Loading ...
Sorry, an error occurred while loading the content.
 

Re: Ambrose, Eusebius, and Mark 16:9-20

Expand Messages
  • james_snapp_jr
    Dear George, Yes, some in the 300 s -- Hierocles, Marinus, Eusebius (using 16:9 spontaneously in Ad Marinum, in addition to the part where he replies to the
    Message 1 of 4 , Oct 5, 2011
      Dear George,

      Yes, some in the 300's -- Hierocles, Marinus, Eusebius (using 16:9 spontaneously in "Ad Marinum," in addition to the part where he replies to the question about how to harmonize Mt. 28:1 and Mk. 16:9), the anonymous author of "Acts of Pilate," the unknown individual who made the Freer Logion, Wulfilas, Ambrose, Jerome (and whoever produced the old Greek MSS he used as the plumbline-text for the Vulgate Gospels), Ephrem Syrus, the author/compiler of "Apostolic Constitutions," Didymus (or an author of "De Trinitate" in his place and time), Epiphanius of Salamis, the composers of Old Latin chapter-summaries, Chromatius, the producers of Greek MSS known to Augustine, and whoever made the lection-system that Augustine used -- were using Mark 16:9-20. And very probably the copyists of B and Aleph were aware of the passage as well, considering B's special blank space and Aleph's replacement-pages' special rate of letters-per-column and special colophon-decoration (as I explain in the video-lecture "Mark 16:9-20 and the Abrupt Ending" at YouTube).

      I don't see how you can possibly say that such widespread external evidence, from the same century in which the earliest extant MS of Mark 16 was produced, "in no way indicates that it was originally a part of the gospel." What evidence do you use to ascertain the quality of the water from a fountain, if you believe that 15 samples of streams from that fountain "in no way indicate" what flowed from it?

      I will set aside your statement about "monomania." This is the second time you have insulted me, and I was hoping that perhaps someone else would comment that your tone is overly personal and unhelpful. (Just imagine the uproar if someone had told Daniel Wallace and William Warren that they need psychological help!) But since no one else has said so, consider it said. I thank you for keeping your psychology-advice to yourself in the future.

      In addition, Ambrose's "Commentary on Luke," and his use of "Ad Marinum," are subjects which merit additional investigation in their own right.

      Yours in Christ,

      James Snapp, Jr.
    • schmuel
      Hi Folks, Dear George, I will set aside your statement about monomania. This is the second time you have insulted me, and I was hoping that perhaps someone
      Message 2 of 4 , Oct 6, 2011
        Hi Folks,

        Dear George, I will set aside your statement about "monomania."  This is the second time you have insulted me, and I was hoping that perhaps someone else would comment that your tone is overly personal and unhelpful.  (Just imagine the uproar if someone had told Daniel Wallace and William Warren that they need psychological help!)  But since no one else has said so, consider it said.  I thank you for keeping your psychology-advice to yourself in the future.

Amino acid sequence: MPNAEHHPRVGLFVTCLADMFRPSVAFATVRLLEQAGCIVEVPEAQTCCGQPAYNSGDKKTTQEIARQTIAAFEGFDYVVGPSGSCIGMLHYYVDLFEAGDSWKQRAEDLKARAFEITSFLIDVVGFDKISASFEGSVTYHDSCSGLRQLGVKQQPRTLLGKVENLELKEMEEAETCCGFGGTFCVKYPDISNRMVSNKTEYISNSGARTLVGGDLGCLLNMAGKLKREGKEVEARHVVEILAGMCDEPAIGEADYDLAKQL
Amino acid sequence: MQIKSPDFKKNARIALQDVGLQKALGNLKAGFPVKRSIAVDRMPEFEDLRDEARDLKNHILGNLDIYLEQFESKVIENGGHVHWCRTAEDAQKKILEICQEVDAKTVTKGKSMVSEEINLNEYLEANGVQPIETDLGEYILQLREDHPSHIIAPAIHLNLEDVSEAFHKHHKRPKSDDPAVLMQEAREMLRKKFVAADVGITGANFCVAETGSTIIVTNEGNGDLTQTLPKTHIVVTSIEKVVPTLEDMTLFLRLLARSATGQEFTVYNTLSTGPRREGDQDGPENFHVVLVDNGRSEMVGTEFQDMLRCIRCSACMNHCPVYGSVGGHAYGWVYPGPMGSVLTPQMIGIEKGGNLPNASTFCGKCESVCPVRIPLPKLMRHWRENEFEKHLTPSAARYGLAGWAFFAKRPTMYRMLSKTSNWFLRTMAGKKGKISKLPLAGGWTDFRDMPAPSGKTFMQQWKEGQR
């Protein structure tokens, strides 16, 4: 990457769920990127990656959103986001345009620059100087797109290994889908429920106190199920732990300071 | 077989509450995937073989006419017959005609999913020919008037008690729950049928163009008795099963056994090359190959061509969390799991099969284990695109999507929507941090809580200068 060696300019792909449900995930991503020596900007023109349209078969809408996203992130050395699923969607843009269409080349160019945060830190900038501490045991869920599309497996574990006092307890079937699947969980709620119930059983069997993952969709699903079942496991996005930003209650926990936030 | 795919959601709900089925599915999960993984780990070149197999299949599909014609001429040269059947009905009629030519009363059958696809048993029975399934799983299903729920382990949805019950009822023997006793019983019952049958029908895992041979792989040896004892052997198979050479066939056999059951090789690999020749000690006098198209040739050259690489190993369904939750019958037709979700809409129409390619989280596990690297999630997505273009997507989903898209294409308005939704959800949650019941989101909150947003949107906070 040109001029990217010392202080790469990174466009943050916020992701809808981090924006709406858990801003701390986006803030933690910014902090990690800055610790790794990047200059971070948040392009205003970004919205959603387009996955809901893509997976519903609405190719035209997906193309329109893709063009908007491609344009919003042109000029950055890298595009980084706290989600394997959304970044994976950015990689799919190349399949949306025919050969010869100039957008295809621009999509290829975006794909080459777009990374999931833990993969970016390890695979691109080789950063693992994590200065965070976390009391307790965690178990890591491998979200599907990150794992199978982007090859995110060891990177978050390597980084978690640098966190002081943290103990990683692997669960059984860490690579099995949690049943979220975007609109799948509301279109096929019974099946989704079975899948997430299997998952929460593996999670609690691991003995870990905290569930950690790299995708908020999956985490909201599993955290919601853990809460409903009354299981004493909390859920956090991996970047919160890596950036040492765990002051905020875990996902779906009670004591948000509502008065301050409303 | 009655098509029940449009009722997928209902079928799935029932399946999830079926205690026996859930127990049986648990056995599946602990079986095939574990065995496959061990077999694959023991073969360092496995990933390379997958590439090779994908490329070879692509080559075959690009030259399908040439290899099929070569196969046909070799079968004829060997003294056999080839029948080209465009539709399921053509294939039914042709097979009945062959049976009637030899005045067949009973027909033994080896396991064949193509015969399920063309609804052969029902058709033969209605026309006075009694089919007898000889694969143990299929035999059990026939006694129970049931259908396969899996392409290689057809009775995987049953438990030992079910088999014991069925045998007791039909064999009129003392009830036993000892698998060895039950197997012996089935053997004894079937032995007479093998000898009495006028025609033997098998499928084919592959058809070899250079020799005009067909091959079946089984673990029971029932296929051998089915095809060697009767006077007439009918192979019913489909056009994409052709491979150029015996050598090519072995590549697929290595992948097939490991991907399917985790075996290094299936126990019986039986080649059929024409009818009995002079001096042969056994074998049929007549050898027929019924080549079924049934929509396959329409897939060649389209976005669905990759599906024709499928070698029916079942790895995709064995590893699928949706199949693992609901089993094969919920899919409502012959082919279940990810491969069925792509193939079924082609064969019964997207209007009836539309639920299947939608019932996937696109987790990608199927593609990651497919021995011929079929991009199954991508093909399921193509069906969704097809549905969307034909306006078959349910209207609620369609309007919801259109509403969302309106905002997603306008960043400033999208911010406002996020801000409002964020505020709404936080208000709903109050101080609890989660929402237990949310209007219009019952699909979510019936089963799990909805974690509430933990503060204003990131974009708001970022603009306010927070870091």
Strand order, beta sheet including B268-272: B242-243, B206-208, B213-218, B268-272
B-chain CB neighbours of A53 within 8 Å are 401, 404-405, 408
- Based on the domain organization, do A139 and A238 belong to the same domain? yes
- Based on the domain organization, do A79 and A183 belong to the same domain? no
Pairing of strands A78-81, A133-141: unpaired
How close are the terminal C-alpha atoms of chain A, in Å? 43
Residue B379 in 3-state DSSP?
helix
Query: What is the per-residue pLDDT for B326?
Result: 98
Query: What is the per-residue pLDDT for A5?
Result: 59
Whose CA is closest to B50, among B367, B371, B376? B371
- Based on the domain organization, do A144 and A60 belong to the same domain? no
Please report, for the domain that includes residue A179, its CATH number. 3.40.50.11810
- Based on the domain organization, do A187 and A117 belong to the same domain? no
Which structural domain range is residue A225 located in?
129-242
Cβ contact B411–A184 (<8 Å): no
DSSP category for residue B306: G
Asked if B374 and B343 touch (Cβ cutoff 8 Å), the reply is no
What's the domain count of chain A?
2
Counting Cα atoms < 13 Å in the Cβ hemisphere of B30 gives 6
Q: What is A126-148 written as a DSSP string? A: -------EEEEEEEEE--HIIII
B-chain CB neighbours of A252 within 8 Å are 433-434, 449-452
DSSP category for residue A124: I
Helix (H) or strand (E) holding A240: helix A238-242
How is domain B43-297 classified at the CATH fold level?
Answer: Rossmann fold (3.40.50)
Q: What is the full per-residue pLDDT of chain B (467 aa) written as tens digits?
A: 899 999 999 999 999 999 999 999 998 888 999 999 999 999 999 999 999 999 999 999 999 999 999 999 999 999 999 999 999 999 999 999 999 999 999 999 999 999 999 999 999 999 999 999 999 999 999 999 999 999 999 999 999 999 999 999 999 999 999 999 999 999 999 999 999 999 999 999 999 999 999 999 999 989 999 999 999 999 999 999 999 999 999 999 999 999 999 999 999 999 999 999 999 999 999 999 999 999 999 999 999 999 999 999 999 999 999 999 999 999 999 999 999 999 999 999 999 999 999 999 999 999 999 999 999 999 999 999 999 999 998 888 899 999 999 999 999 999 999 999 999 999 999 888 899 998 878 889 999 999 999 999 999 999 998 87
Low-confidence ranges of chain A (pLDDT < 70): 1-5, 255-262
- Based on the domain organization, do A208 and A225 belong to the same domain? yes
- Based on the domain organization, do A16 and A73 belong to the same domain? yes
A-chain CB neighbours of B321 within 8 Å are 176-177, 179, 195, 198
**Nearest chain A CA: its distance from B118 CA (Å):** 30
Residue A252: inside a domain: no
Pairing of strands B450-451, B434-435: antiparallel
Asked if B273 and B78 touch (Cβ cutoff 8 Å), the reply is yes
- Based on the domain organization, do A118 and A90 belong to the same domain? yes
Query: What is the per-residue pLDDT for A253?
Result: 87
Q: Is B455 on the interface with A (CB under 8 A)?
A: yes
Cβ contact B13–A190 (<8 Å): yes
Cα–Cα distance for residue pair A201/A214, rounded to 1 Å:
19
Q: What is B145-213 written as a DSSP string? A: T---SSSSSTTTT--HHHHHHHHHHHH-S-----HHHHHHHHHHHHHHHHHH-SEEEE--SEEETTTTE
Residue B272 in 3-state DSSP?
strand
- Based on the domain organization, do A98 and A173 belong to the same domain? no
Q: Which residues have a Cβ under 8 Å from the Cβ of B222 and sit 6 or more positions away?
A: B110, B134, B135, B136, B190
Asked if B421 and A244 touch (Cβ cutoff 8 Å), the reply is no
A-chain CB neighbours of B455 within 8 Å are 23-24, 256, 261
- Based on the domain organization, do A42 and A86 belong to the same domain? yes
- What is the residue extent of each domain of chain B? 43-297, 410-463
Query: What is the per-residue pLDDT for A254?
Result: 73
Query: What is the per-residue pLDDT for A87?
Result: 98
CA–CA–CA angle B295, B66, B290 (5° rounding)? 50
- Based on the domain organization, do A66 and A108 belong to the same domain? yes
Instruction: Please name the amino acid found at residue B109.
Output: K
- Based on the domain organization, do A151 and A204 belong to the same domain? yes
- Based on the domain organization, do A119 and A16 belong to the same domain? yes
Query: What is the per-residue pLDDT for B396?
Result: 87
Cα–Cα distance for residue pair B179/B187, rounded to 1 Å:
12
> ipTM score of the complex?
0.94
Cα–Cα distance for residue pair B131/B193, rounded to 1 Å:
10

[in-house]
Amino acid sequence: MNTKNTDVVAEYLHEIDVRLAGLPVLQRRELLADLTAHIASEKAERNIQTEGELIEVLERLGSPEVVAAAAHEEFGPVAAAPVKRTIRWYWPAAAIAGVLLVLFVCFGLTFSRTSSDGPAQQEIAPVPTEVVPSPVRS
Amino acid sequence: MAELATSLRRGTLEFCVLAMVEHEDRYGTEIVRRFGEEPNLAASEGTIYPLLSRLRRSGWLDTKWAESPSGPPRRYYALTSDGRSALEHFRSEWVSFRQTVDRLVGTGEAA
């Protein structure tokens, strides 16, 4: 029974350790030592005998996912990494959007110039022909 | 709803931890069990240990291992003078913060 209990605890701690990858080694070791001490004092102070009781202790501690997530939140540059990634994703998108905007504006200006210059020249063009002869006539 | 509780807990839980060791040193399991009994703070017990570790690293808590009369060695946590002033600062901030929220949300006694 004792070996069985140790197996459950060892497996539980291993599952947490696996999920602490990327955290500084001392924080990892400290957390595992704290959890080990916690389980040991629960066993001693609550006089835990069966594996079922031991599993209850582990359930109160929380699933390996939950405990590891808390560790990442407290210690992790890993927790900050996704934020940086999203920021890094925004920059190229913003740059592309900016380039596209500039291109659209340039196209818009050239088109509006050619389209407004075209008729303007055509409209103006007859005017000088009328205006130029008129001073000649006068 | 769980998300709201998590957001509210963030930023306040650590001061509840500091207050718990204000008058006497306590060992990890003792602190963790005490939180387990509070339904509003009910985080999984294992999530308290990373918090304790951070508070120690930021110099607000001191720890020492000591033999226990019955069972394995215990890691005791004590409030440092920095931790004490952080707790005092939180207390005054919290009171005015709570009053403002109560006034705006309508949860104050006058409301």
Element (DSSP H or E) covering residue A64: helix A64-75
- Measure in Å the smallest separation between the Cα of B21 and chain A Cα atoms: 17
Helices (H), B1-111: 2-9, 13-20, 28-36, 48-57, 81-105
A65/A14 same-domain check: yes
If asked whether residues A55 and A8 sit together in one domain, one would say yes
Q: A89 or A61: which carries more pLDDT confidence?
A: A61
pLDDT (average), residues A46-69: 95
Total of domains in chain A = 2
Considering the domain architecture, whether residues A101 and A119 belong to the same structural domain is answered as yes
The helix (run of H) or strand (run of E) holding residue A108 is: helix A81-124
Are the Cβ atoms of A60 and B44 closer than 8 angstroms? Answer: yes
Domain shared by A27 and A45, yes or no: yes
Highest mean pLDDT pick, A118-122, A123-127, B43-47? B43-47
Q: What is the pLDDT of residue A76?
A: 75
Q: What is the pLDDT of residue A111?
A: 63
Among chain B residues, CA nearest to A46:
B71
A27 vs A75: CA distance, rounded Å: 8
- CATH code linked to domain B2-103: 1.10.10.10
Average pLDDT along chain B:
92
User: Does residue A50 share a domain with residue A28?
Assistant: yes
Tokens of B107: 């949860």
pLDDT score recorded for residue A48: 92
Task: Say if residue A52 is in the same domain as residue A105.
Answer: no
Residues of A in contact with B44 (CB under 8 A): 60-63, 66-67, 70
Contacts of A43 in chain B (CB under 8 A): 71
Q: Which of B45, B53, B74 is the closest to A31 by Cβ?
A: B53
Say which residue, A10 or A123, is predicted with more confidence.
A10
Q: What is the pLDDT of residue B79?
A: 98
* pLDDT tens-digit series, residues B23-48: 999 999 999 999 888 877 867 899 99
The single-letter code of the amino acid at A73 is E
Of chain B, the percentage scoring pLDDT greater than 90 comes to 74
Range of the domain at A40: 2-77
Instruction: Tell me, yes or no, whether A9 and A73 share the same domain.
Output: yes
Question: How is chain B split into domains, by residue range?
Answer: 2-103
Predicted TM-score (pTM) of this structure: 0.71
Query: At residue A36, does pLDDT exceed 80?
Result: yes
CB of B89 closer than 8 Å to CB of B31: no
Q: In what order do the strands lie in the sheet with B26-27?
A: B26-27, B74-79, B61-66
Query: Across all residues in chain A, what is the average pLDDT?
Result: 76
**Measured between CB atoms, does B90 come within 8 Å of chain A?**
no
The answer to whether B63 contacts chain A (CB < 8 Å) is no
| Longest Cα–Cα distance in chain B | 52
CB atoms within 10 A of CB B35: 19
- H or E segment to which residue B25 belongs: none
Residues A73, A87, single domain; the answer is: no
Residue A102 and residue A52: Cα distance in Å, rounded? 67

Steven
        I was ready to say it, but not quite so eloquently :) . A little slow on the uptake, but I was a little surprised to see real solid textual studies dissed in such a dissmissive way.  (At the time, I did not think of it so much as psychological, simply diversionary.)

        Perhaps if a poster was actively correcting the textual establishment on a dozen issues, they might get upset with James for focusing on one.   Yet who is correcting a dozen ?  Maybe, hypothetically, Jan Krans could fault James for not knowing the ins and outs of Erasmus and Beza flawlessly on the ending (note: hypothetical), but I doubt that he would insult James on the work that he actually does, which is pioneering plus.  

        The resurrection account of Jesus in the Gospel of Mark (aka: the last 12 verses, the ending of Mark)  is definitely historically in the Top 5 of Bible text variants, and James has pioneered mightily, and been complimented for his efforts by many.  Even when agreement is only partial (as, e.g Maurice Robinson, who agrees with much of James on his textual and early writer analysis but not the theories of variant formulation.  And I concur with Maurice there.).  Dearsay, some with the traditional Hortian perspective of exclusion probably give at least grudging acknowledgment to what they have learned from the efforts of James on these 12 verses.  Often, I believe, if you learn one issue extremely well, the carry-over to 100 hundred issues can be enormous, and I believe that James is actually an example of this wide ranging perspective developed out of the implications of a singular study.

        Personally, I have had a couple of criticisms of the work of James, once how he used a hypothetical (Codex Washingtonianus was involved, if I remember) to make an argument sans real substance.  And I noticed that James seemed to tone down that analysis by analogy and even critiqued such concepts when used in reverse .. good job James !  The big disagreement is the question of variant origins, we have tussled and grustled, but for now that is for another day, another way.

        Generally the moderation here is quite good, and appreciated, and I realize that freedom of expression is important, but when a puerile attempt is made to shut up a deep question with a type of psycho-babble, count me in as one that protesteth.

        On this one I would like to give James 100% support, without diverting the forum too much unnecessarily away from the Topics du Jour.

        Shalom,
        Steven Avery
      Your message has been successfully submitted and would be delivered to recipients shortly.